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Razer Huntsman V3 keyboard review: Maximum analog customization

Friday February 2, 2024. 12:30 PM , from PC World
At a glanceExpert's Rating
ProsExcellent software customizationGreat controls for analog inputEasy layout swappingConsExpensive Typing is loud and wobblyHard wrist restOur VerdictThe Hunstman V3 is the keyboard for the gamer who wants to completely map out every controller input, including analog sticks and triggers, to a keyboard and mouse.

Do you need a keyboard wherein each individual key has analog sensitivity? For me the answer is “no.” But then, I’m not a G-Fuel-chugging pro gamer with reaction times faster than a striking cobra. And the fact is that someone keeps buying these very niche, very expensive boards, as every major manufacturer seems to be making at least one. Now that Razer is on its third generation of the analog, optical-powered Huntsman, is it worth a spot in your RGB-laden battlestation?

If you’re really, really sure you need a keyboard with adjustable actuation, I’d say that it is. Instead of resting on its laurels with the optical switches and merely adjusting some of the aesthetics, Razer has put serious thought into how users can actually utilize the Huntsman’s defining feature, the ability to adjust the actuation point (how far down you have to press before a keystroke is registered) of its keys. The keyboard’s ability to quickly swap through several profiles on the fly and more easily adapt presses interpreted as controller buttons is impressive.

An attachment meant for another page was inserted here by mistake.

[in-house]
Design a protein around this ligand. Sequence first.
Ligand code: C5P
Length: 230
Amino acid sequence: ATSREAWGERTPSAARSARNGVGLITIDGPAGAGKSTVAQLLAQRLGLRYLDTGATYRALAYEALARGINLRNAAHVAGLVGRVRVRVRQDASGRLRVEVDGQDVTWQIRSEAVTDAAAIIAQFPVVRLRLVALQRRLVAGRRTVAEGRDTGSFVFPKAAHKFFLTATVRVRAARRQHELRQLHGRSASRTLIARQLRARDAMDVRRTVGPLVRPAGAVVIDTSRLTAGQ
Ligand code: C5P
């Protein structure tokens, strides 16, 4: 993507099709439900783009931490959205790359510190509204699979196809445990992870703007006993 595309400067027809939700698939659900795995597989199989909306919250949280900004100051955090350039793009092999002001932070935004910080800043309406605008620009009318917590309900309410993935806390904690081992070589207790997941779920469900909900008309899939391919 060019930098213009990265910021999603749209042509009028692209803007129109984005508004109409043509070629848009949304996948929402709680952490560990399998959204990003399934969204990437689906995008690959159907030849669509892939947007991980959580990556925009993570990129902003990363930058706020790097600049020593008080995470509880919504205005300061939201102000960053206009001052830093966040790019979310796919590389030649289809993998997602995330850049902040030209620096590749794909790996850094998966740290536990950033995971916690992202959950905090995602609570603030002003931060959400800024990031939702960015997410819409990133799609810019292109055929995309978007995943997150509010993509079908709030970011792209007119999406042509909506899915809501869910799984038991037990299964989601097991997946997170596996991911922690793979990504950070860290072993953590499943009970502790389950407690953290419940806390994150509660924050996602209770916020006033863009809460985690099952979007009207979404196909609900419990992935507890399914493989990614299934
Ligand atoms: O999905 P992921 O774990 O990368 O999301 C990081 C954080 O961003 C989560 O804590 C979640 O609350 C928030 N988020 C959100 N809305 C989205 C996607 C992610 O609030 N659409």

That said, this remains very niche functionality. If you can’t think of an immediate and compelling reason to use the features above, you’d be better served by something like the versatile BlackWidow V4 75%, especially at this price range. But if you simply must have the most customization possible, or you want to completely replicate console controls using a keyboard, the Huntsman delivers.